The process for bringing a new editor onto the staff of American Rifleman usually involves reviewing previous written work, various tests of editing skill and firearm knowledge, then, of course, interviews. The latter cannot always be done in person, so we found ourselves interrogating a prospective associate editor in Texas via Skype.
Toward the end, my colleague Brian Sheetz asked then-candidate Kelly Young, “What’s your favorite gun?” Kelly’s reply came via fishing around below the camera’s view and pulling out a Fabrique Nationale PS90, chambered for the 5.7x28 mm FN cartridge. Kelly didn’t know that his choice of carbine—he’s unrepentantly left-handed, by the way—told us a lot about him. Enough so that, combined with his skill set, within a month he had a job offer.
That was five years ago, and now Managing Editor Kelly Young has two features in this issue alone. One is on the new Ruger-57 pistol (read our Ruger-57 review here), the first major introduction of a firearm chambered for the 5.7x28 mm FN in more than a decade. Until this time the only handgun available has been the innovative FN Five-seveN pistol, now in its Mk2 configuration, (americanrifleman.org/fnmk2). Its design, which features metal slide components encased in polymer, no external frame rails and a T-shaped rail running through the top center of the polymer receiver, is unusual to say the least, and its unusual lines and a safety located on the frame above the trigger are somewhat dated.
As Kelly ably describes in his story, there’s been much “chicken or egg” discussion about the 5.7 mm cartridge. The military SS1019 ammunition is not available to civilians in the United States, and while there are a small number of loads including those from FN, Fiocchi and an American Eagle FMJ, there have been few guns. They include those from FN, the AR-57 and the CMMG Banshee (for more on the latter and other CMMG guns, see Kelly Young’s other story beginning on p. 50).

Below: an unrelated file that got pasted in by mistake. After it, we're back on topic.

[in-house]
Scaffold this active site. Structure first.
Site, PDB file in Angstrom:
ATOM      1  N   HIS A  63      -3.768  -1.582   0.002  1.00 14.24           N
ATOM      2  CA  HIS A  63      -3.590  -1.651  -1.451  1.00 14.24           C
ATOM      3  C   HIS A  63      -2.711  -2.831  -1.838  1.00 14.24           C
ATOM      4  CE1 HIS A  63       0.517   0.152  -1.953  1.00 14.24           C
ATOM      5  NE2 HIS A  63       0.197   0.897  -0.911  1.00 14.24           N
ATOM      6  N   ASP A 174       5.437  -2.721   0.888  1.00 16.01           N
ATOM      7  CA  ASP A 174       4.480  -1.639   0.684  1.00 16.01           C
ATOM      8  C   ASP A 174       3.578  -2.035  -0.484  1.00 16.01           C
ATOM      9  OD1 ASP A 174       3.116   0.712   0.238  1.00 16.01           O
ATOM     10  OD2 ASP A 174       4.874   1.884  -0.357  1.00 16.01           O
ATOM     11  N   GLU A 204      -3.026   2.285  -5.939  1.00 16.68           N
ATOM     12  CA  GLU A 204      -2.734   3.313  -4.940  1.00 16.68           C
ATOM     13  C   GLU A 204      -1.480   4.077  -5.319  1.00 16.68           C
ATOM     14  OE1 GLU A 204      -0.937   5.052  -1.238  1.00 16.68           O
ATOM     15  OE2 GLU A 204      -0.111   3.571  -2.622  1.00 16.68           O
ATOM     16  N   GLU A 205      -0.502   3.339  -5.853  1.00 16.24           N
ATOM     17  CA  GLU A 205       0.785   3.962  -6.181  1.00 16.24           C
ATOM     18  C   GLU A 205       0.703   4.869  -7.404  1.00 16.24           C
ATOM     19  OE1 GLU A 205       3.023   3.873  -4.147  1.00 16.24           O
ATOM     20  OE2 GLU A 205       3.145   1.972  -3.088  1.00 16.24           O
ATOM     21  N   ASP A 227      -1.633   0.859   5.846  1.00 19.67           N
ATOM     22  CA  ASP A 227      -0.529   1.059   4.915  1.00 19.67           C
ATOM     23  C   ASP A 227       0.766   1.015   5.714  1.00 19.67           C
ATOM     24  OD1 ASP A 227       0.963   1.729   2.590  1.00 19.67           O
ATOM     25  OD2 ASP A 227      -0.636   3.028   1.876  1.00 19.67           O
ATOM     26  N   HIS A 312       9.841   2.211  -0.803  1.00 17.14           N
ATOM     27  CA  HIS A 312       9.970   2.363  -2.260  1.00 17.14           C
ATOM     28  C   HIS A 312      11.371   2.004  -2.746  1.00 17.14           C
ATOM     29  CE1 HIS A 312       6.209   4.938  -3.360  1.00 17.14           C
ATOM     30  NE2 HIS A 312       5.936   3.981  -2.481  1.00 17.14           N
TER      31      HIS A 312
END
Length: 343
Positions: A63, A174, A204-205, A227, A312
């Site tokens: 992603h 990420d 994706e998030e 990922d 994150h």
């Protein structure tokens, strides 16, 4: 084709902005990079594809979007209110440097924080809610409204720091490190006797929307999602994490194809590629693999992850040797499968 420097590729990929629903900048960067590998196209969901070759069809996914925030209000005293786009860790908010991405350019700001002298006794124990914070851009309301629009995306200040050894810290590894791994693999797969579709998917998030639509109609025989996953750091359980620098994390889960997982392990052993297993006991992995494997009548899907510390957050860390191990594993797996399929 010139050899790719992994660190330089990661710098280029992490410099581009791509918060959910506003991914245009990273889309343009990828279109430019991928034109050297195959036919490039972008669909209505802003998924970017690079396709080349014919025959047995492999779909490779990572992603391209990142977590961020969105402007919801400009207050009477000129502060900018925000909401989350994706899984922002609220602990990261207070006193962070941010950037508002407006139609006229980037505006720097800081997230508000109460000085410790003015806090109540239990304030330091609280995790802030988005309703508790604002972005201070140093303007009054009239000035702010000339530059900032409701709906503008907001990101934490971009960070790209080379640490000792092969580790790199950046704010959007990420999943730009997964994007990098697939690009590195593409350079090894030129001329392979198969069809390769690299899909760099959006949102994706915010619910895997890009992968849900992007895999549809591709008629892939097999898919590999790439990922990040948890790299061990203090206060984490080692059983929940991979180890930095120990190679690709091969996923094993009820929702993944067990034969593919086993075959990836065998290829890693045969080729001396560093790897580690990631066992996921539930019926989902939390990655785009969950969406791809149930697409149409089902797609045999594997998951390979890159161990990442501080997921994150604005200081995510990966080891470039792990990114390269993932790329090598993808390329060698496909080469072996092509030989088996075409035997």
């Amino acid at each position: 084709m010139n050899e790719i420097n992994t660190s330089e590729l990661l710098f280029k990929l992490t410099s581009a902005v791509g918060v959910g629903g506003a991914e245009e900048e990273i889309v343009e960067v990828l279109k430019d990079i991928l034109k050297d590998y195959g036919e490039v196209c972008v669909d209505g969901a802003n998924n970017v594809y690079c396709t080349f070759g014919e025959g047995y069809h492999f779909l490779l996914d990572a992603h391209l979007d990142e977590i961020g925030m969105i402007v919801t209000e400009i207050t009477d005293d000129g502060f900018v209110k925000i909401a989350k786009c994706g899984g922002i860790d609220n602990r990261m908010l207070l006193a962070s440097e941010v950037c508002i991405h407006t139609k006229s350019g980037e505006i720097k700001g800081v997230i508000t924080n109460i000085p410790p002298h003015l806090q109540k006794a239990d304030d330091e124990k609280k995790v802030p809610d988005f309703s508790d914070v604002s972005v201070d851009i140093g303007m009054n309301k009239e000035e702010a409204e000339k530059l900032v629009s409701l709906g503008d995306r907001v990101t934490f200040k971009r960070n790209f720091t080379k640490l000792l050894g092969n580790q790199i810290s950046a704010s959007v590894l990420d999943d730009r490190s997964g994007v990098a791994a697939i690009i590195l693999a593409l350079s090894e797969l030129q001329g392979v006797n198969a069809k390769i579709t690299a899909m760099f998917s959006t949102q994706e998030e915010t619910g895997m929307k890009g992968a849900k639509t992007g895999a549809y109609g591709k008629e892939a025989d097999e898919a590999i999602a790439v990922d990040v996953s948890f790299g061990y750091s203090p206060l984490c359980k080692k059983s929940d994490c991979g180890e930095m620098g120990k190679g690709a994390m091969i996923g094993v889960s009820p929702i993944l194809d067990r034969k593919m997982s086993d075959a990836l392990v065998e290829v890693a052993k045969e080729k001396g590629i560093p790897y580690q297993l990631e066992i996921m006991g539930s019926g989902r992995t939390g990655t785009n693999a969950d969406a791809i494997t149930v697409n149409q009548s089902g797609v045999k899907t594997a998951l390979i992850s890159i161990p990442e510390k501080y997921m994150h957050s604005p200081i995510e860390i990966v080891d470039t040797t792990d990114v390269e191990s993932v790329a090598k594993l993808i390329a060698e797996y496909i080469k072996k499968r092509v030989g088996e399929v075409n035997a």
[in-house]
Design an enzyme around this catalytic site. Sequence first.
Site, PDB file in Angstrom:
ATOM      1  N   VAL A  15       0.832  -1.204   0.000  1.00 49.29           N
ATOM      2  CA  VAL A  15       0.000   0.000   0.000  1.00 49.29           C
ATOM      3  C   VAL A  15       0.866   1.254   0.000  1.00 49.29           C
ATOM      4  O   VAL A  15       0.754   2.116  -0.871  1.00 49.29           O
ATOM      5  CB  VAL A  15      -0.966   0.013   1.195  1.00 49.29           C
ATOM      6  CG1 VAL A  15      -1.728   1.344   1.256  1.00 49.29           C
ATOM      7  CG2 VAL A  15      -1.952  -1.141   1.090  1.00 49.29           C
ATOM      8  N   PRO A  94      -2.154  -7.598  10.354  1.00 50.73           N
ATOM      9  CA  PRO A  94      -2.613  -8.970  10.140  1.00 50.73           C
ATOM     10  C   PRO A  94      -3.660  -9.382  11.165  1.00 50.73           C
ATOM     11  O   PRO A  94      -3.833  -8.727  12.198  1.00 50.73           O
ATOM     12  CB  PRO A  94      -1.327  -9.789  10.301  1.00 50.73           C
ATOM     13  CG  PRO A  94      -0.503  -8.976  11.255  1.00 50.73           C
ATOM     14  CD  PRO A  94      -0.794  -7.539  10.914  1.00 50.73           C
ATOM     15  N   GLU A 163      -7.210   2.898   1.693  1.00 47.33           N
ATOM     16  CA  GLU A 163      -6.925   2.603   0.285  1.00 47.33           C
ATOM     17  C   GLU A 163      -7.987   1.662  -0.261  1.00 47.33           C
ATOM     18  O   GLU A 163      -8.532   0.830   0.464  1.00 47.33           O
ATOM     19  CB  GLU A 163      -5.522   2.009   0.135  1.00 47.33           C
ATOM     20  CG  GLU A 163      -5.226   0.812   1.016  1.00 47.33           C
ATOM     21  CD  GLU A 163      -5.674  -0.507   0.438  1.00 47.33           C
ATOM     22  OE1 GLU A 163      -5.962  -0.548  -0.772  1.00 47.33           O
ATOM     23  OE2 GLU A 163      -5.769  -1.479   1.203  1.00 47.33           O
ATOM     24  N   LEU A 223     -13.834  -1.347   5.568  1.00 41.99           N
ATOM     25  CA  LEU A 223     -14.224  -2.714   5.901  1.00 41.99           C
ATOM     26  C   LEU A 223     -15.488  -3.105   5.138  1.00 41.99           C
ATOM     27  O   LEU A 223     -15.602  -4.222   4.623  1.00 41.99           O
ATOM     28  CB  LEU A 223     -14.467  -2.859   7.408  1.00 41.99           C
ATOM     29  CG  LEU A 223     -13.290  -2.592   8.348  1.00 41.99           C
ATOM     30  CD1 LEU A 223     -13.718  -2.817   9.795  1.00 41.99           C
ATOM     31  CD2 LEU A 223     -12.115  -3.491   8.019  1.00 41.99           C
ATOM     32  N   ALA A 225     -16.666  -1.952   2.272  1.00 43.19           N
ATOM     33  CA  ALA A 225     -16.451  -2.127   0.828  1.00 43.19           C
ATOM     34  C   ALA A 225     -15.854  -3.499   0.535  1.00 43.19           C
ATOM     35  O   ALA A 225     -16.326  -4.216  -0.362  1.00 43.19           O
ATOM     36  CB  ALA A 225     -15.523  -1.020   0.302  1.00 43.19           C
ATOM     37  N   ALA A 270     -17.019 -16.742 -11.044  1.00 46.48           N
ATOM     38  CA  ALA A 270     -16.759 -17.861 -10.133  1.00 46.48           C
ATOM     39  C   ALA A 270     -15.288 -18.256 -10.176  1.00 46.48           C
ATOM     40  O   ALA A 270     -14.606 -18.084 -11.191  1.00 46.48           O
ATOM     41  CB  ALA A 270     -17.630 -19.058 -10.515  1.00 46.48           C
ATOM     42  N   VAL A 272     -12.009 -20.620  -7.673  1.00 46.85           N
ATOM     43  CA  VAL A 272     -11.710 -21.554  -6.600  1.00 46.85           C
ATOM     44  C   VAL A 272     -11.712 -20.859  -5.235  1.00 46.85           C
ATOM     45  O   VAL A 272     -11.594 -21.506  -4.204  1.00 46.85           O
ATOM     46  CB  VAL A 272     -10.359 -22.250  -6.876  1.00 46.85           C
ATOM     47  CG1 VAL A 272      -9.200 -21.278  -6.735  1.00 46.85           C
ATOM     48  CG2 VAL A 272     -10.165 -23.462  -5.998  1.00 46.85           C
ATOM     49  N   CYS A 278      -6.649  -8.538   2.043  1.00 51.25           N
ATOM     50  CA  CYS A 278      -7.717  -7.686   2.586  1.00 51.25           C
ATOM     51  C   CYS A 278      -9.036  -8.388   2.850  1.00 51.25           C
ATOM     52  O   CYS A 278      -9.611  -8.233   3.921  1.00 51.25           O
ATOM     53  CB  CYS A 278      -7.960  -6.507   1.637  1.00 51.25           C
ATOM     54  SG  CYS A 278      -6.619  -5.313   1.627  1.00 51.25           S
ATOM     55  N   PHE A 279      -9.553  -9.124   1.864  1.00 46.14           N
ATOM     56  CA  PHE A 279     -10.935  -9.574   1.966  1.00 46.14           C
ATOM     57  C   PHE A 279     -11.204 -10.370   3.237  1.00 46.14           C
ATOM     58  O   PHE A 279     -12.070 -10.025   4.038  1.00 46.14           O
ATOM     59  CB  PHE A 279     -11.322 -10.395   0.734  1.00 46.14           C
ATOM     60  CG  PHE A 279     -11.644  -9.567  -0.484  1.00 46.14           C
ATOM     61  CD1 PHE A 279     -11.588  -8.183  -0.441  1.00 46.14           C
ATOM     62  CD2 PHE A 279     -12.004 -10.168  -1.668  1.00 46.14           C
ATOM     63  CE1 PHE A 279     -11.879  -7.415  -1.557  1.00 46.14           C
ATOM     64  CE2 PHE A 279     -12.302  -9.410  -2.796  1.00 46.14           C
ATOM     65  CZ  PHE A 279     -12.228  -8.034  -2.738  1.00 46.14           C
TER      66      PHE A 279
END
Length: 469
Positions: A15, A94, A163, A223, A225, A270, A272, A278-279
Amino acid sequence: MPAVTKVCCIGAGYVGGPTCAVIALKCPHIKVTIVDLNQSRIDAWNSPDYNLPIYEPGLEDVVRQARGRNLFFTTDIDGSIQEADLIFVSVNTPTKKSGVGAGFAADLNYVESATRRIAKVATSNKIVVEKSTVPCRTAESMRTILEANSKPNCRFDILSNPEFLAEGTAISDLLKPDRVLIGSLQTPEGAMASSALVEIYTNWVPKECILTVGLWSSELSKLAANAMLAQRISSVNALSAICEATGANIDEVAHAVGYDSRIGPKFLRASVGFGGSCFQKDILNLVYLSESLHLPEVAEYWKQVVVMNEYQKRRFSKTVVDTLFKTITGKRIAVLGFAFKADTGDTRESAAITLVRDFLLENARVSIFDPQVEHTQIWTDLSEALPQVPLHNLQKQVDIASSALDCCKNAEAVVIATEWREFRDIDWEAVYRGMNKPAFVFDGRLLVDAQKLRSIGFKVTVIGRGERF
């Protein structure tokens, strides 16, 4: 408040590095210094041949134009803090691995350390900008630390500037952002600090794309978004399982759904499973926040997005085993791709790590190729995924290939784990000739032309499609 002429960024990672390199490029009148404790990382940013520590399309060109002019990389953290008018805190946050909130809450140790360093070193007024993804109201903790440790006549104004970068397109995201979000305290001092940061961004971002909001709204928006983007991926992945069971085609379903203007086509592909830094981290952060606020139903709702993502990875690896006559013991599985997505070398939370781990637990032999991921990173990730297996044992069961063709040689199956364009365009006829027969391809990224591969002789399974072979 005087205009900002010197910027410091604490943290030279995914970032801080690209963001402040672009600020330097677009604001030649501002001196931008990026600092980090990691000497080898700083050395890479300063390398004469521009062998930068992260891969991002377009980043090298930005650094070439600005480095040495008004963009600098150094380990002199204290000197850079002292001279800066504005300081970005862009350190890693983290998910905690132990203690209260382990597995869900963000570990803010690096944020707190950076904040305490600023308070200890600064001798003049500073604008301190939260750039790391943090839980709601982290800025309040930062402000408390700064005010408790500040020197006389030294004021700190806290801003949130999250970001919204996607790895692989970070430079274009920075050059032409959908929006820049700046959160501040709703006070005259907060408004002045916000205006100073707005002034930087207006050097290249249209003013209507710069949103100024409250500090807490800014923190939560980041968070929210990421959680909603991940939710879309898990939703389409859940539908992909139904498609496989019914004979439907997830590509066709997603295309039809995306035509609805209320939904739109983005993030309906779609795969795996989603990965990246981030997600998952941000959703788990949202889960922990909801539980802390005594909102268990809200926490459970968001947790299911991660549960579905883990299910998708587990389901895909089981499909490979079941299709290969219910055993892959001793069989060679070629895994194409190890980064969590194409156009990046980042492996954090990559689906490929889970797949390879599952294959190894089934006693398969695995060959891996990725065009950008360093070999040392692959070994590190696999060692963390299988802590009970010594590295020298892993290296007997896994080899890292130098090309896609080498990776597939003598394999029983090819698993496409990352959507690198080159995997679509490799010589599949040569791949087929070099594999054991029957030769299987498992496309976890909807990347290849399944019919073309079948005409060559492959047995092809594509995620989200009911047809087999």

But now Speer has changed the dynamics for owners of guns chambered in 5.7 mm—including the Ruger-57. One of the top personal-protection ammunition lines in the country is Speer’s Gold Dot, and it now includes a 40-gr. jacketed hollow point in 5.7 mm. Out of the Ruger-57’s 4.9" barrel, the 40-gr. Gold Dot had a velocity of 1790 f.p.s., delivering 285 ft.-lbs. of energy. Out of a very similar length barrel (4.86"), Federal’s 9 mm Luger Hydra-Shok 124-gr. JHP moves out at 1063 f.p.s., delivering 311 ft.-lbs.
Few doubt the efficacy of the 9 mm these days as a defensive cartridge, but some find it too much in the way of perceived recoil. In a December 1999 article, author Dan Shea pointed out the 5.7 mm’s recoil impulse was about 70 percent less than that of the 9x19 mm NATO; the energy doesn’t go away, obviously, the pistol (in the article an FN Five-seveN) just has a different recoil impulse. Those with a sensitivity to recoil may want to give the 5.7x28 mm FN a look as there is now a serious defensive loading available.
That’s something the 5.7x28 mm FN has not had a lot of recently—looks—let alone a second chance. I, for one, never thought this little cartridge received a fair shake. In the early 2000s I lobbied FN management to add a bull-barreled bolt-action chambered in 5.7x28 mm FN to its SPR line. It seemed to me the little cartridge would make for a great varmint and predator gun. My pleas, perhaps rightly, fell on deaf ears.
Judging from the initial response, Ruger has a winner with this platform. And I suspect other gun companies will follow with new models of 5.7x28 mm FN pistols and carbines, leading to far greater acceptance of this interesting little cartridge. Who knows, maybe I’ll finally get that bolt gun after all.